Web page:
When I was reading through The Spiral Dance by Starhawk, I came across a rather interesting take on the concept of "initiation" in her 10th Anniversary footnotes. I liked it so much that I immediately stole it.
Suppose you wanted to be initiated. You would choose the people you want to ask for initiation...Each person you've asked would then give you a challenge. This might be something educational: 'Read five books on the Craft' or 'Attend five rituals of Craft groups outside our own.' It might be something personal: 'Exercise every day for twenty minutes' or 'Learn to drive.' It might be a magical challenge: 'Create your own Place of Power in the underworld.'"
Truth be told, this quote stood out for me in part because I was already privately incorporating something like this as part of the Religion Project. As I've mentioned in other posts, my religion is a very personal and private one—especially during the project. I am reluctant to involve others precisely because I'm seeking to understand my own beliefs rather than merely importing the belief systems of someone else. To this aim, I am challenging myself in ways that force me to go beyond where I feel comfortable. These challenges aren't driven by my logical day-to-day brain. Instead, I'm trying to use my intuition to guide me in directions that I might not head in left to my own devices and daily routines. It's my hope that these challenges will serve as both a discovery process and a self-initiation into...whatever I end up labeling my religion once this project is done.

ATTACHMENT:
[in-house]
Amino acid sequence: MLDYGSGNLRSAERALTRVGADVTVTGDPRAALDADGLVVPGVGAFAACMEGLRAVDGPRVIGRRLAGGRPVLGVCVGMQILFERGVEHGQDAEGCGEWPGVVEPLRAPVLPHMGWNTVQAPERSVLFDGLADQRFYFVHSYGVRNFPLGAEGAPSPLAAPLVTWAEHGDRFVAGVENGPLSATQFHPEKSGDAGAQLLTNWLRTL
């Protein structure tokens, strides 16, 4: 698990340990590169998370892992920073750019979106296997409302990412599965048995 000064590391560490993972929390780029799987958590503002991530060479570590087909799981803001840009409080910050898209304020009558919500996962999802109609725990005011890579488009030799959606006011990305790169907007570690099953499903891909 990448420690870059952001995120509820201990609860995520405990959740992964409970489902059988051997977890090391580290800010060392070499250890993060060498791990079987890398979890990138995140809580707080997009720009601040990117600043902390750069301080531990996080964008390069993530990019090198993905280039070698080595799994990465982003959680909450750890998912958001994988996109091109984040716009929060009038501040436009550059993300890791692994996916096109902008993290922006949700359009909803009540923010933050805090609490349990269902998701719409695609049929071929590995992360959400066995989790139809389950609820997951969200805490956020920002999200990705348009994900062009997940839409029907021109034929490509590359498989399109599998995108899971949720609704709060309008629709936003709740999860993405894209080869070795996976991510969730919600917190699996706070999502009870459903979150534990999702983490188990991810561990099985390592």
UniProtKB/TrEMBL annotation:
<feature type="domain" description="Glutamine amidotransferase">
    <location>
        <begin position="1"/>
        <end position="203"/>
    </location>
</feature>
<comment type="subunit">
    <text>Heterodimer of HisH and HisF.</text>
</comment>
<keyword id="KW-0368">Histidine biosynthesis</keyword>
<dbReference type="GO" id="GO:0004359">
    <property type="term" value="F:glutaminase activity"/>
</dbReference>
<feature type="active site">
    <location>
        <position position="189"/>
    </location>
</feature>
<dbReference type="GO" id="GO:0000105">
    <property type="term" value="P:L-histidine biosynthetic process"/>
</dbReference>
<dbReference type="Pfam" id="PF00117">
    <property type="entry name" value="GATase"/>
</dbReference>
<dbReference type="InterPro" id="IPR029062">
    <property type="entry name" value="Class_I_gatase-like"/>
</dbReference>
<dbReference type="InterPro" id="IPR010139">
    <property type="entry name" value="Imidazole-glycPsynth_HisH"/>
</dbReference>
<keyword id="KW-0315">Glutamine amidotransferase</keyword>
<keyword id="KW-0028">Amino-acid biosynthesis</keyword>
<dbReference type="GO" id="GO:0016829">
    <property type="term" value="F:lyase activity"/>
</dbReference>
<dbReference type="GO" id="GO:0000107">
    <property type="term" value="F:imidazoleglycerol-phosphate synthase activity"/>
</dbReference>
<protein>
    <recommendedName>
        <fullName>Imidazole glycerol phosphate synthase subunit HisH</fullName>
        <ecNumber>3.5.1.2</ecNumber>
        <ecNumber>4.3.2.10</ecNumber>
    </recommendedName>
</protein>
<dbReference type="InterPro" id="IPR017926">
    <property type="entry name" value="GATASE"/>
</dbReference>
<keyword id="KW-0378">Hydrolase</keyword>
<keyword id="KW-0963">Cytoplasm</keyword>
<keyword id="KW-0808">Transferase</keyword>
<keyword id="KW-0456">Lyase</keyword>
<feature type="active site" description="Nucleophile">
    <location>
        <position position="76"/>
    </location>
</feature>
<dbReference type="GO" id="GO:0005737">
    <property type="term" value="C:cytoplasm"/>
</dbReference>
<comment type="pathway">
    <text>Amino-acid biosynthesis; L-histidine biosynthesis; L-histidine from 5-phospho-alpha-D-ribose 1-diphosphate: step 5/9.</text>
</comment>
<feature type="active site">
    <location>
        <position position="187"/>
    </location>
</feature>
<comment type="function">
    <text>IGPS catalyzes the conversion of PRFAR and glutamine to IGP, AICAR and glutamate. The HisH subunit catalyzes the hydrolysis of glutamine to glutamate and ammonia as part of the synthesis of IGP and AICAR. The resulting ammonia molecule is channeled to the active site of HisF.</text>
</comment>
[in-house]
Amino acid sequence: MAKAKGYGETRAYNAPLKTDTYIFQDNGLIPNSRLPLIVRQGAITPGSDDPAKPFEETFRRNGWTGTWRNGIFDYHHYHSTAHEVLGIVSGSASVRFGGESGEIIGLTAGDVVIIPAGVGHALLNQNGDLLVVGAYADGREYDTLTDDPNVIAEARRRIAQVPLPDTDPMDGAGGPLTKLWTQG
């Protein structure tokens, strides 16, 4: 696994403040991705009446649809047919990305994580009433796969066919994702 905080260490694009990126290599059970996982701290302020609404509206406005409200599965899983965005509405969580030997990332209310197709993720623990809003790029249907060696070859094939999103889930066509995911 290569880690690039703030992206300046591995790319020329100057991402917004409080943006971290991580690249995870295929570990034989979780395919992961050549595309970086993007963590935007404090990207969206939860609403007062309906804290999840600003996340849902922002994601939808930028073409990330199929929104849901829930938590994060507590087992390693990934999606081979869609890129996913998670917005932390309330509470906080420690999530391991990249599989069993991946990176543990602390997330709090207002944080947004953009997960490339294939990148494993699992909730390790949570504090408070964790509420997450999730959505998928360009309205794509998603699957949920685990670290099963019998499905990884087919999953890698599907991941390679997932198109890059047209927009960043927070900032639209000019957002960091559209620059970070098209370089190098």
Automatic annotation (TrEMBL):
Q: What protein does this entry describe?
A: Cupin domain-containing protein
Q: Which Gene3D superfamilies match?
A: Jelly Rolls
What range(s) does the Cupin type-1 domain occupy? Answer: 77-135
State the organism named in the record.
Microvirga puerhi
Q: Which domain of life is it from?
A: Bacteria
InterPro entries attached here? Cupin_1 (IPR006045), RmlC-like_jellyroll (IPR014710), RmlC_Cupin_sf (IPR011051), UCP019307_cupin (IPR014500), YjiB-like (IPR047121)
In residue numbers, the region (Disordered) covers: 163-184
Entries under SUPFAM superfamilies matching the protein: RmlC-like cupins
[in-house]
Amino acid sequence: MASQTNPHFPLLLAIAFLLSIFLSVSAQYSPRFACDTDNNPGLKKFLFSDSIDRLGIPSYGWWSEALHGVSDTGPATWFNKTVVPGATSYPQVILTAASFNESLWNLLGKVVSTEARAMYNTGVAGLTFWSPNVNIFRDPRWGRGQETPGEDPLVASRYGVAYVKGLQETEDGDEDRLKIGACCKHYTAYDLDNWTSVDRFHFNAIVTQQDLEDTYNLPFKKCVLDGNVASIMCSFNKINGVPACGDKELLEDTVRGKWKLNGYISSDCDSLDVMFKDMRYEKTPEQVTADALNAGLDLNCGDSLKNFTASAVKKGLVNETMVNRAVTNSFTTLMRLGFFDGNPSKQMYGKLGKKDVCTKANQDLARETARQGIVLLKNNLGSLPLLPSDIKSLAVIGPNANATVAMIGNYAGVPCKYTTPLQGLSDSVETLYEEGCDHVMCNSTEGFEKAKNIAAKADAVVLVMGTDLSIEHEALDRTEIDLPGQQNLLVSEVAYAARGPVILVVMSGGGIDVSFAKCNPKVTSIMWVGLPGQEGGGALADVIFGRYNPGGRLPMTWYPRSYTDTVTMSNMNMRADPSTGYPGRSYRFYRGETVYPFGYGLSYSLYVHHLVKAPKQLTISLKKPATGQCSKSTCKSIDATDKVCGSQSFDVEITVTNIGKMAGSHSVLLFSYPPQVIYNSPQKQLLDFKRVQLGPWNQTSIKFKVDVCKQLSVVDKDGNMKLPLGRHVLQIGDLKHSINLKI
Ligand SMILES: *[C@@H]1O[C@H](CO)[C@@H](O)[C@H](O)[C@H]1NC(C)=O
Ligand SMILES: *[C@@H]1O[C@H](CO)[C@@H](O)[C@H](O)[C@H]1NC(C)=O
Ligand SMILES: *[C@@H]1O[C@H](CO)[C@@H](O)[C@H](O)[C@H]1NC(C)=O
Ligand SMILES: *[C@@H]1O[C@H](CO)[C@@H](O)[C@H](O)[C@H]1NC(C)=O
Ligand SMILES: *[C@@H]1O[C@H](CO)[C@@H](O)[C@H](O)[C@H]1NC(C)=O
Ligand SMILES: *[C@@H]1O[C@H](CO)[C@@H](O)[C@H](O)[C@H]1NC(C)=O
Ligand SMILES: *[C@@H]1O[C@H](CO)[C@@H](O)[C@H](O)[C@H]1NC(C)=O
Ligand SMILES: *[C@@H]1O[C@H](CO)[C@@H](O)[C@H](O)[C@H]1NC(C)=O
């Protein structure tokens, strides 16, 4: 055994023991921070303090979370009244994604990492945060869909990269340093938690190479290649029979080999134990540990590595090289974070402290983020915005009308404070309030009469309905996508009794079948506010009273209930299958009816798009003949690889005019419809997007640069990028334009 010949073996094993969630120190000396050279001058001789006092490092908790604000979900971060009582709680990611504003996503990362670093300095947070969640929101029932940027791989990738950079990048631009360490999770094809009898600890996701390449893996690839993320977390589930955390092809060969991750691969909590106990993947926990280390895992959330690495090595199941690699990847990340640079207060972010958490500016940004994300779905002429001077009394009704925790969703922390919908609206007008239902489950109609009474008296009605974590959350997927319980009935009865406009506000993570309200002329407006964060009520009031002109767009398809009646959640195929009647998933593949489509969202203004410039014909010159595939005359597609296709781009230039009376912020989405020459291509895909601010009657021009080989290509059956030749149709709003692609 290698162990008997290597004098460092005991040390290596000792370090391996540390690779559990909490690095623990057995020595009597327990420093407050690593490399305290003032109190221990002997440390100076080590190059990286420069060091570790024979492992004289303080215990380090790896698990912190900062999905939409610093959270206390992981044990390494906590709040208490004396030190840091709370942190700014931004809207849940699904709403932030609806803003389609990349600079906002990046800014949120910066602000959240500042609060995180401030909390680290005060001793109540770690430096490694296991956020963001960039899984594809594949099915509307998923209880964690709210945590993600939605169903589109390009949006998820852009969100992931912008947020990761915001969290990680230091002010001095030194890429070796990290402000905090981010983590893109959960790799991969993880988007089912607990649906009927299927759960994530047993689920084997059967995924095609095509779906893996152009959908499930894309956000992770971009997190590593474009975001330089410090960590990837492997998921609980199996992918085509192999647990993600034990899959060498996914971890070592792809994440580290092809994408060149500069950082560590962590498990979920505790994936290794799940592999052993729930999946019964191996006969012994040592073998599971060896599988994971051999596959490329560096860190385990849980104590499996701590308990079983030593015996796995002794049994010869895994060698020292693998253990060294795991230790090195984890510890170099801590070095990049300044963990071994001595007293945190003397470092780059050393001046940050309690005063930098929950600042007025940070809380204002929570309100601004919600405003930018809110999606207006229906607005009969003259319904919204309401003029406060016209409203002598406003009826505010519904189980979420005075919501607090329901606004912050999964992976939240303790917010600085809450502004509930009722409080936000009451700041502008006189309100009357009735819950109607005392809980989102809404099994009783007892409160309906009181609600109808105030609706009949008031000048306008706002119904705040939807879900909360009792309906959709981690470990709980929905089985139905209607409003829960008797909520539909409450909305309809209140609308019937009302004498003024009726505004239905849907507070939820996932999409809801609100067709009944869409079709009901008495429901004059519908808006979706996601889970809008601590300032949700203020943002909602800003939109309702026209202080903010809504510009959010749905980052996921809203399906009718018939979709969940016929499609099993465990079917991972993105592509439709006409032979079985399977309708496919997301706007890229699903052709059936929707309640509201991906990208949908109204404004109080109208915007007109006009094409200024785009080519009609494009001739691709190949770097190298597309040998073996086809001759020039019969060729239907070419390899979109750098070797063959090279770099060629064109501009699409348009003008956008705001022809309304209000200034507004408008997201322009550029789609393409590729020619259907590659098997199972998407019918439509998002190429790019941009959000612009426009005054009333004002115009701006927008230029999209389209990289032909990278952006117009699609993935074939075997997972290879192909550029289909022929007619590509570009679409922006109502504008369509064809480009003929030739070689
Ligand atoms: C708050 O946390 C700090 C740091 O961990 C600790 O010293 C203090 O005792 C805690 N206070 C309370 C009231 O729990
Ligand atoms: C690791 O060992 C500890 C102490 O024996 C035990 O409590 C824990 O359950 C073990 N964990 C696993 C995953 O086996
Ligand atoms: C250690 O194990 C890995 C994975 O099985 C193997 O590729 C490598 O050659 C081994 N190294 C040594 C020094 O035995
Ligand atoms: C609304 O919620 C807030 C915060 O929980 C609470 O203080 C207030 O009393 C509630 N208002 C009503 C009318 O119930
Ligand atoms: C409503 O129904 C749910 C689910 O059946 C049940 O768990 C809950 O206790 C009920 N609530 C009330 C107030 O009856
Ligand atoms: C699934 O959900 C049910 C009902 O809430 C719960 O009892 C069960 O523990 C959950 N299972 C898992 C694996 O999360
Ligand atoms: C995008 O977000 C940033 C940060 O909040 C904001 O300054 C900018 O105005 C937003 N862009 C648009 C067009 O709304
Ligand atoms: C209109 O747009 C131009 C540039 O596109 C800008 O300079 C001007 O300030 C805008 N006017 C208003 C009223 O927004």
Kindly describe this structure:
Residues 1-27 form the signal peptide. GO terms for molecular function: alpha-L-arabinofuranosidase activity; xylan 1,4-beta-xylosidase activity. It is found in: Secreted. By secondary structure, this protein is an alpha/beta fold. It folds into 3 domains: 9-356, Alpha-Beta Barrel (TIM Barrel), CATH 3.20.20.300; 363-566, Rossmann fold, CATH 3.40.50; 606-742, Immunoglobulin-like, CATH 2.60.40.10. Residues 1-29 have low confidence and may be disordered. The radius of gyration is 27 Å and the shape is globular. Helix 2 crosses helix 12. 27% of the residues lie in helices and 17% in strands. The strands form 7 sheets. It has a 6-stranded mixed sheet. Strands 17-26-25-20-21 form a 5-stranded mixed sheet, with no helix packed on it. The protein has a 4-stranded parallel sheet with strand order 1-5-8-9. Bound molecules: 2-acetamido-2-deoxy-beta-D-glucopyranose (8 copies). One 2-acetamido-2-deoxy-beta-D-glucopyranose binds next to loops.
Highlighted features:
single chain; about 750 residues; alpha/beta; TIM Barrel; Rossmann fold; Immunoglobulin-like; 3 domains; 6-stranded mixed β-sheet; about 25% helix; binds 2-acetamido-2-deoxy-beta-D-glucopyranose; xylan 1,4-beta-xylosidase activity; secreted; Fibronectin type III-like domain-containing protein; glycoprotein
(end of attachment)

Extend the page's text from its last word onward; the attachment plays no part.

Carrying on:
Those of you who have known me in person probably know quite well about my phobia of bees and wasps. Please understand that I am not using the word "phobia" lightly. Many people declare that they have a phobia when they really mean that they're very afraid of something. In my own case, upon encountering a bee or a wasp, I historically have one of two very bad reactions: (1) freeze in place, hyperventilate, and shake, or (2) run away as quickly as I can without regard for my own personal safety. As you might imagine, both of these reactions are very bad things. The ensuing panic attacks can take over an hour to move past, and they interfere with my ability to be outside during the summer.
If you follow my other collections, you know that over the weekend I went to my local nursery to pick up plants for my witch's garden. While I was there, I encountered some meadow sage that was being swarmed by honey bees. I was able to calmly look at the plants and examine the care instruction tags even though honey bees were literally centimeters from my face and hands. I was so amazed that I made Allyson come over and see. When it came time to ring up my plants, I knew that I needed to up the challenge to make this truly initiation worthy: I had to pick up one of the plants with the most flowers and bees and carry it to the register. Again, it may sound simple to you, but for me, this represented an epic quest and was generally something I would not have done three months ago.
That plant is now safely in my raised bed in the backyard. I even went back later in the day and got a second one that had even more bees swarming it. When I look at those plants in my witch's garden, they are tangible proof that I have improved myself. Ultimately, I think that's the real point of initiation. I can't guarantee that I'll never have a panic attack about a bee or a wasp again—that's not how phobias work—but no matter what, I have those plants to show that I managed my very intense fears.
Working on my phobia is just one of the challenges I've been outlining for myself. I built a raised bed for my witch's garden with my own hands, using materials I went to the hardware store and asked for myself. I've read (and re-read) an astonishing amount of books on religion and philosophy. In March, Allyson and I are even going camping in a tent in the Ocala National Forest. I'm still not sure what label I'll put on my beliefs at the end of the Religion Project, but however that goes, I'll be confident that I've earned my initiation.